Fortunately, we can apply topical antioxidants to help prevent the aging process, and support the skin’s fight against environmental stressors. Numerous scientific studies can attest to the benefits of antioxidants in "preventing aging."
*Oxidative stressis the state our body is put in when the levels of antioxidants in our body are not high enough to counteract the damaging effect of free radicals.
When looking for an anti-aging skincare line, it’s important that intrinsic aging (genetics) is addressed, and not just extrinsic aging, caused by sun exposure, pollution etc (read more about intrinsic vs extrinsic aging here). The genetic aging process is largely controlled by progressive telomere shortening, with an input from oxidative damage to telomeres and other cell components from our body's day-to-day metabolic processes.
Scientists consider this shortening a measure of cellular aging, a bit like an internal clock. When telomeres become "too short", cells can no longer divide, and perish. It is important to note that sun exposure (UV radiation) also accelerates telomere shortening.
The key is understanding telomeres, is why they shorten and how we can slow this process in order to maximise the anti-aging effect from skincare products.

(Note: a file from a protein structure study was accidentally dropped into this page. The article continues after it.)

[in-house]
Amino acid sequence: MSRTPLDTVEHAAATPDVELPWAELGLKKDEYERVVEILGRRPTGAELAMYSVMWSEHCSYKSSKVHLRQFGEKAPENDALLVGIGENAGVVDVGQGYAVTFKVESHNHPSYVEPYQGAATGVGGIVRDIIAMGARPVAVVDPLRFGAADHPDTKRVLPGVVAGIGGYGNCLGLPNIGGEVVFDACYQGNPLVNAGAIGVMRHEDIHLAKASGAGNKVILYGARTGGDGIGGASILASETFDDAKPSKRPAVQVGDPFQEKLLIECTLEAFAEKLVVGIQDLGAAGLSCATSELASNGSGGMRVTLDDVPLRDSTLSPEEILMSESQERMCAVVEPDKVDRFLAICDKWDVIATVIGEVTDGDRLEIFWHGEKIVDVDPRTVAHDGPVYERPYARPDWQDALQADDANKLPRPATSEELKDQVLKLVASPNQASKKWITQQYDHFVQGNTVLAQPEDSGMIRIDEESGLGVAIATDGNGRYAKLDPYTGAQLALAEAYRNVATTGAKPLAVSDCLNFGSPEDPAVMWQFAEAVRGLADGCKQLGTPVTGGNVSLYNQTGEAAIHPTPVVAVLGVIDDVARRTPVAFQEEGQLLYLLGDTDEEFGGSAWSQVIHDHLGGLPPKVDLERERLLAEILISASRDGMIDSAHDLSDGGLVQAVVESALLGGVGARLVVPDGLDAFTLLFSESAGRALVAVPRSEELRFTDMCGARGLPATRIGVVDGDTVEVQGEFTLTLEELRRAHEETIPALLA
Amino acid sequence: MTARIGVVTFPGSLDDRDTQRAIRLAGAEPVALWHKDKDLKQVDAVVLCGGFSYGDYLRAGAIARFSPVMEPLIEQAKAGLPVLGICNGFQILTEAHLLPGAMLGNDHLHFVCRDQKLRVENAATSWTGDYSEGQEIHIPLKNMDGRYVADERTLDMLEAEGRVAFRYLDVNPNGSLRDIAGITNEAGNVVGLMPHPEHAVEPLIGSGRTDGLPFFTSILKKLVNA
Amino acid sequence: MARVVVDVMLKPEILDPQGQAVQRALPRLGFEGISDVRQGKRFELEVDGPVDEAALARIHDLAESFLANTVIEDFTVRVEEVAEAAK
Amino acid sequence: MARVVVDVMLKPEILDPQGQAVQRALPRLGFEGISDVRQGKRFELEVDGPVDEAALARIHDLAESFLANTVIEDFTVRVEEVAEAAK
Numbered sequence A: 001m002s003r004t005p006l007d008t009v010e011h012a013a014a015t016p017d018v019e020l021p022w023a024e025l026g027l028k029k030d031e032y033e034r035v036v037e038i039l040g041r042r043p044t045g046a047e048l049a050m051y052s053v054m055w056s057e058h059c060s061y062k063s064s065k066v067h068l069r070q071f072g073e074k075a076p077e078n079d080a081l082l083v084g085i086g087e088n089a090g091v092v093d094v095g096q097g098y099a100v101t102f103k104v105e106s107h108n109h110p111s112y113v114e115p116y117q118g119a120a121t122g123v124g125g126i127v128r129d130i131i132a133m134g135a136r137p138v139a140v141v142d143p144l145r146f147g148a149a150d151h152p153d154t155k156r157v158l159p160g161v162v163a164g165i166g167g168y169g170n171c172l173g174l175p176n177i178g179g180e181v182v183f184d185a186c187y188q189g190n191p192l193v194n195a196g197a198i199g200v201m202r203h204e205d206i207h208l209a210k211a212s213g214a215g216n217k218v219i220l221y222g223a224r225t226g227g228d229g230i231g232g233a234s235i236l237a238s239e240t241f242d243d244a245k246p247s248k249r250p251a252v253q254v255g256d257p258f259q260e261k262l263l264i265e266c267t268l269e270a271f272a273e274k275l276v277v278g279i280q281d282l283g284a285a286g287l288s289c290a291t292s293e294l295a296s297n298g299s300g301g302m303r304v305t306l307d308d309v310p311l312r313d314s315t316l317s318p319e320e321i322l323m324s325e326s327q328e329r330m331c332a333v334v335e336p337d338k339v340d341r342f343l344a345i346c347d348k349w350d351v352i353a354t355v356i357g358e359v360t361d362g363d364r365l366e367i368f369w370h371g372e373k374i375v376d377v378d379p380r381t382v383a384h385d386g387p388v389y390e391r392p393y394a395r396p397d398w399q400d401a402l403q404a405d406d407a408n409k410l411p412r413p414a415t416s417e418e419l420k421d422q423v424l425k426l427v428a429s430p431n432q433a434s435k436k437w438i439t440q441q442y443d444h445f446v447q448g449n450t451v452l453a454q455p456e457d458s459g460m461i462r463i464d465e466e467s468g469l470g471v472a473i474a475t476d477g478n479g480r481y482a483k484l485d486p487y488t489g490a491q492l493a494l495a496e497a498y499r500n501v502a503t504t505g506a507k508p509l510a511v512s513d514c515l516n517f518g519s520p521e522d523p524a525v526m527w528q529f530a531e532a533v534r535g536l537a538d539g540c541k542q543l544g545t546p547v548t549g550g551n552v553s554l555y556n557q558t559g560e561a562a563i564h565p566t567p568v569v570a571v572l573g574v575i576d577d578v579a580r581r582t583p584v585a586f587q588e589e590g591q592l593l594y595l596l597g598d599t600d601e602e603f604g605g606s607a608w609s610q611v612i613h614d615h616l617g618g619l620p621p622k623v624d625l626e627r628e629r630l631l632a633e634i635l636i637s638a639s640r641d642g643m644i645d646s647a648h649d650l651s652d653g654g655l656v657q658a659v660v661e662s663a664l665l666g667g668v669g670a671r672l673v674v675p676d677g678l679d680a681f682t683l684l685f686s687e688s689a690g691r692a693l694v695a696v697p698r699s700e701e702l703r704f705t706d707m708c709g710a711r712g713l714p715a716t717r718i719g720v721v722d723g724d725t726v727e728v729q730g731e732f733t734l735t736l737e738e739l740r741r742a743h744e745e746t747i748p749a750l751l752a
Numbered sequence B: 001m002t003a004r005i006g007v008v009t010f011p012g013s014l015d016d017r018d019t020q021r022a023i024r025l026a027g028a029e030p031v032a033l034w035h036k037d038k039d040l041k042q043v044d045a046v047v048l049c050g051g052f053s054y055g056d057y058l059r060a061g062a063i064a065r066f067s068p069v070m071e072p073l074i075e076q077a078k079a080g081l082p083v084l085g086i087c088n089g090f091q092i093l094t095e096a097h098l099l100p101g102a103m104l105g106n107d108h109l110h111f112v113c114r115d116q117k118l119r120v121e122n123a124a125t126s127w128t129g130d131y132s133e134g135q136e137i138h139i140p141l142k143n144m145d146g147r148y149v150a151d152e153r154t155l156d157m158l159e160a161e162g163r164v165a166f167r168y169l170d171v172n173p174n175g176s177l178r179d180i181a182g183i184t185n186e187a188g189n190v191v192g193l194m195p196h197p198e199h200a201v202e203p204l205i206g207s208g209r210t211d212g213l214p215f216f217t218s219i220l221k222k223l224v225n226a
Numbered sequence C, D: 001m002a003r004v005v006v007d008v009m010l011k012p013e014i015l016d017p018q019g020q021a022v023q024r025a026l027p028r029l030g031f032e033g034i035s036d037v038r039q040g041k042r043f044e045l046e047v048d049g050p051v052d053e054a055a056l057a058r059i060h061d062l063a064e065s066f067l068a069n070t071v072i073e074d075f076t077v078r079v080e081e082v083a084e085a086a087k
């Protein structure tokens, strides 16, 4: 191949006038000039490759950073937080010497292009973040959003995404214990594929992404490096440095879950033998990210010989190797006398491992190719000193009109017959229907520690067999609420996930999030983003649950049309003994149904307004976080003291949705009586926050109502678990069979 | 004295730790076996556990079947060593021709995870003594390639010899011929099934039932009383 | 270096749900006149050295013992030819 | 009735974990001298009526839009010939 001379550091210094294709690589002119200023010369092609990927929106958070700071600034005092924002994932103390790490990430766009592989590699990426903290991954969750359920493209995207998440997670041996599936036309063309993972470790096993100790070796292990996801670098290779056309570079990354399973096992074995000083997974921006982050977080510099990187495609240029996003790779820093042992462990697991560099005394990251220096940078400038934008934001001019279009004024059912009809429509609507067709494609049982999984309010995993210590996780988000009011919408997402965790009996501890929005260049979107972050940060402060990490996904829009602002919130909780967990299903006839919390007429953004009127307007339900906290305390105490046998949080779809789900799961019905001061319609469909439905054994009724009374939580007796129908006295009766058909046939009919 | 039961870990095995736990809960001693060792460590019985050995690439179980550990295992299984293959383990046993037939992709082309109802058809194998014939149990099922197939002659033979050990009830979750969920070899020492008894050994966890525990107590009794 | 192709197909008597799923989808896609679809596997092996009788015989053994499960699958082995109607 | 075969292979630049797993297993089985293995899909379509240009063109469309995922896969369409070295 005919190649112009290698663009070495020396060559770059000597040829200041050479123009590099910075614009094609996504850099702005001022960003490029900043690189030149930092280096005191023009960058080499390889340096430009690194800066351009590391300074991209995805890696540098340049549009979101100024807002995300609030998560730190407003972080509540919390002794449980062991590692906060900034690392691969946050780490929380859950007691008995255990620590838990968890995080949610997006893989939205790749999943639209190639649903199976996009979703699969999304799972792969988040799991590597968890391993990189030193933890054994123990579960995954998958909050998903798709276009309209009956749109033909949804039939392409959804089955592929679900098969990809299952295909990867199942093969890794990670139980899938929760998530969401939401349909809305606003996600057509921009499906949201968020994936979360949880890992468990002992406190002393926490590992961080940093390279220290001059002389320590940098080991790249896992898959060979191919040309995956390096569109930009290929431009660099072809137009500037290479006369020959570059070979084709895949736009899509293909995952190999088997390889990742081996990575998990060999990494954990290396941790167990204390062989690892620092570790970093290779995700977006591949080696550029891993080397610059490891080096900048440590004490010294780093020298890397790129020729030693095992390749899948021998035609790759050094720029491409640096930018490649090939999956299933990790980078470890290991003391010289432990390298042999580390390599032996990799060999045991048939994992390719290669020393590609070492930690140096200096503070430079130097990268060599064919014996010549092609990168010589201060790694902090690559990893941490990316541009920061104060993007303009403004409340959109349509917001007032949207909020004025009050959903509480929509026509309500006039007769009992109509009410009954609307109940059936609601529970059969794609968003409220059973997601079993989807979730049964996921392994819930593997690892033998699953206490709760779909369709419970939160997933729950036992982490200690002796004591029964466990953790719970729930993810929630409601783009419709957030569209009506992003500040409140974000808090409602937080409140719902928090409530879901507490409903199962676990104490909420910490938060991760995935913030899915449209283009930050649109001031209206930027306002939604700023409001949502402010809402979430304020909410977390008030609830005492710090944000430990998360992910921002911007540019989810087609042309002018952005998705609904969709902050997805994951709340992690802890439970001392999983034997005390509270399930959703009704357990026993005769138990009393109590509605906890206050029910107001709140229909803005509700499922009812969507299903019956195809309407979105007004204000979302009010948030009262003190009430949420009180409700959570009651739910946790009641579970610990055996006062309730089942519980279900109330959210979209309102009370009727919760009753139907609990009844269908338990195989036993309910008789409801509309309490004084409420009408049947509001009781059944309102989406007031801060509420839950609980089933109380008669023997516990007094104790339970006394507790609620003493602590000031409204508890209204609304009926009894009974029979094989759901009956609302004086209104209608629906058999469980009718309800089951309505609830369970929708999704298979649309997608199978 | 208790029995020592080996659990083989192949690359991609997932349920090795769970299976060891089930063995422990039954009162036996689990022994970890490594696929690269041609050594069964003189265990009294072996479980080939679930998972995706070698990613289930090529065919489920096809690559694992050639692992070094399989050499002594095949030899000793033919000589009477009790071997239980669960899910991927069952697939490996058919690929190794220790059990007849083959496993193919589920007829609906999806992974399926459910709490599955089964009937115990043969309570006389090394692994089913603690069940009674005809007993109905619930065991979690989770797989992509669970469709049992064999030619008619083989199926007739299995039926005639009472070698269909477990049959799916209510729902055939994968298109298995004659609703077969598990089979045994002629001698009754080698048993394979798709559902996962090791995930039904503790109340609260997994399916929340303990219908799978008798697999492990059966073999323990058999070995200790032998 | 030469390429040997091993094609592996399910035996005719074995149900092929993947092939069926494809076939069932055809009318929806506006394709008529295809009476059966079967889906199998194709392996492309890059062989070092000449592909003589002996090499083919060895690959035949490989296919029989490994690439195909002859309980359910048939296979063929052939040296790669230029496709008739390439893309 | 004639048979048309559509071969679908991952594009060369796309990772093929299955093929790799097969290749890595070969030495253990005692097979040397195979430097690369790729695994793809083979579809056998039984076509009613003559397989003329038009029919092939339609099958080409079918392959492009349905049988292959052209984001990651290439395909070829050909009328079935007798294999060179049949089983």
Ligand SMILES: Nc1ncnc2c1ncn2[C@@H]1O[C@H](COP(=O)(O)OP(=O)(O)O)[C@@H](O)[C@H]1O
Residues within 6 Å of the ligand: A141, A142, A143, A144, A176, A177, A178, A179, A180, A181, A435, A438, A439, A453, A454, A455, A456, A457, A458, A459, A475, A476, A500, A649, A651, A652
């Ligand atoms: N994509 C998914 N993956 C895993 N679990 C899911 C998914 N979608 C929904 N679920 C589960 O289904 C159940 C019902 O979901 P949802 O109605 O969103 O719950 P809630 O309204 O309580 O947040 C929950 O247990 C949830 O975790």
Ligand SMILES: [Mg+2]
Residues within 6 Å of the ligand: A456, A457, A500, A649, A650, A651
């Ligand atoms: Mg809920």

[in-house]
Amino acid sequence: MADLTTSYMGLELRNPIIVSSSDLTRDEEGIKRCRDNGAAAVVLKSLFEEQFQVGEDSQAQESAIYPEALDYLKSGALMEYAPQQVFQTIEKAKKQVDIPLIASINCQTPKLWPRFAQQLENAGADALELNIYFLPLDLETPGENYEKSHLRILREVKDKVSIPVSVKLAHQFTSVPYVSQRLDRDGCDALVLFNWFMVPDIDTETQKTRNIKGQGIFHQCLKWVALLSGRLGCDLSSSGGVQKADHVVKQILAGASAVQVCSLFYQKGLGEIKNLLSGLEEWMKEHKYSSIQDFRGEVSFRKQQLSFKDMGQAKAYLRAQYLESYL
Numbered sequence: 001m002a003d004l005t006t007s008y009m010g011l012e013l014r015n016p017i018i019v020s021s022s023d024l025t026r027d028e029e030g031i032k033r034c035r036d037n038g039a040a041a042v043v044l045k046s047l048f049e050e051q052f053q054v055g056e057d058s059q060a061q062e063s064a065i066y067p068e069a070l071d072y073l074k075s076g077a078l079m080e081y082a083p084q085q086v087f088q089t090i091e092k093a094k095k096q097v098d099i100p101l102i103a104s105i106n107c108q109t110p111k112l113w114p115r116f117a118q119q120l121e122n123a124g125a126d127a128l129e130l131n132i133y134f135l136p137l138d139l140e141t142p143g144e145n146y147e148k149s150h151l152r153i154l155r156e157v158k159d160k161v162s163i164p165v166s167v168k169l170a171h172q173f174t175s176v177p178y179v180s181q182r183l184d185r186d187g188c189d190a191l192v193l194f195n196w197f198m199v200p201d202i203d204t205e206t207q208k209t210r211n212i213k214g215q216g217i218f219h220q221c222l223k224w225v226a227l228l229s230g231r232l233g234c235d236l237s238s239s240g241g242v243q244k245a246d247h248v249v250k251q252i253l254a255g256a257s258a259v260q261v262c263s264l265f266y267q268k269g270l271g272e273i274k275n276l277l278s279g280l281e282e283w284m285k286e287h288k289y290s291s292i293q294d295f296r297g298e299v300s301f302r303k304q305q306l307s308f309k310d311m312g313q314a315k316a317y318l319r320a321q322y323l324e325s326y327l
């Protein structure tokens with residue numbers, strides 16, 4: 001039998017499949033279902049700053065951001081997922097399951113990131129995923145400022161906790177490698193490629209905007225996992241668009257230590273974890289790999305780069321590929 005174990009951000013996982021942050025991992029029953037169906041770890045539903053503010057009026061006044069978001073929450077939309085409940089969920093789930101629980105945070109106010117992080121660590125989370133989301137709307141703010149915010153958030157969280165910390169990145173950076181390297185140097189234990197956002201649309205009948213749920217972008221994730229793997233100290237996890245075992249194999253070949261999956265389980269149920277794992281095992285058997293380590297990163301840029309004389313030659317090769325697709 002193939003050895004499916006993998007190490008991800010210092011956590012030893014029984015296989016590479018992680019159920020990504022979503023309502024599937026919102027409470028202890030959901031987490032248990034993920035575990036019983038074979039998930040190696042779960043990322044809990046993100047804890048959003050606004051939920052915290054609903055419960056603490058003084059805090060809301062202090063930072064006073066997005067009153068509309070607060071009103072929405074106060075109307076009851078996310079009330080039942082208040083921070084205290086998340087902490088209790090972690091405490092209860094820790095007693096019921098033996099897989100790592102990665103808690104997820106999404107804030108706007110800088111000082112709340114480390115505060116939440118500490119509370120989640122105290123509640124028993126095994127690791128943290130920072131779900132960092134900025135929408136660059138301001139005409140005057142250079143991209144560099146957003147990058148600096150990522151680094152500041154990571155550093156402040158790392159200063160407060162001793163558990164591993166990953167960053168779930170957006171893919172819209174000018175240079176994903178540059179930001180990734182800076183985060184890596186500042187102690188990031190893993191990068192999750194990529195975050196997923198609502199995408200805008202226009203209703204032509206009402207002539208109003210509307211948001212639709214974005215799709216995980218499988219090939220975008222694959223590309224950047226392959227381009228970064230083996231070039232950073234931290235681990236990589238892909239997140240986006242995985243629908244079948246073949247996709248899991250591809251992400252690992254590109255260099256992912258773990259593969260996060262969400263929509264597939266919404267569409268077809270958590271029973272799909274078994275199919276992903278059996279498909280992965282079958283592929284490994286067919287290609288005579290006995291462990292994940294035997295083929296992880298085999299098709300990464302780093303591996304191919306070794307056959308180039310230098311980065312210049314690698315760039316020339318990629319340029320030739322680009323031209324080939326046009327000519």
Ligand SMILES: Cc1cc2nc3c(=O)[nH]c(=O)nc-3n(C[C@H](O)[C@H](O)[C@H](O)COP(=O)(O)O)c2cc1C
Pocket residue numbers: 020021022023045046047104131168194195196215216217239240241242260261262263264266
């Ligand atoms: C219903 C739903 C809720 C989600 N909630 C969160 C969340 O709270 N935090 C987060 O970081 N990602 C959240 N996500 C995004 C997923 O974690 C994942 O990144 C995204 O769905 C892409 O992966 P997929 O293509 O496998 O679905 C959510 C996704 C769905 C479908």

So what are telomeres? They are critical chains of DNA that sit on the ends of our chromosomes and protect them. Their presence prevents deterioration and unraveling of DNA. They are a bit like the tips on the ends ofour shoelaces. When our cells divide and replicate, the telomere portion of our DNA cannot be copied. So, every time our cells reproduce themselves, the telomere at the ends of our chromosomes shorten. Thus, with age, our telomeres (and the chromosome as a whole) shorten.
It is important to note that sun exposure (UV radiation) also accelerates telomere shortening, hence why it’s important to target damage caused by extrinsic factors for the benefit of the epidermis (top layer of the skin), as well as the telomeres deeper down.
Telomeres are also thought to play a role in cancer development. Telomerase is an enzyme found in the epidermis of our skin. This enzyme lengthens and stabilises telomeres. It is believed to act against excessive telomere loss in the human epidermis throughout the lifelong regeneration process.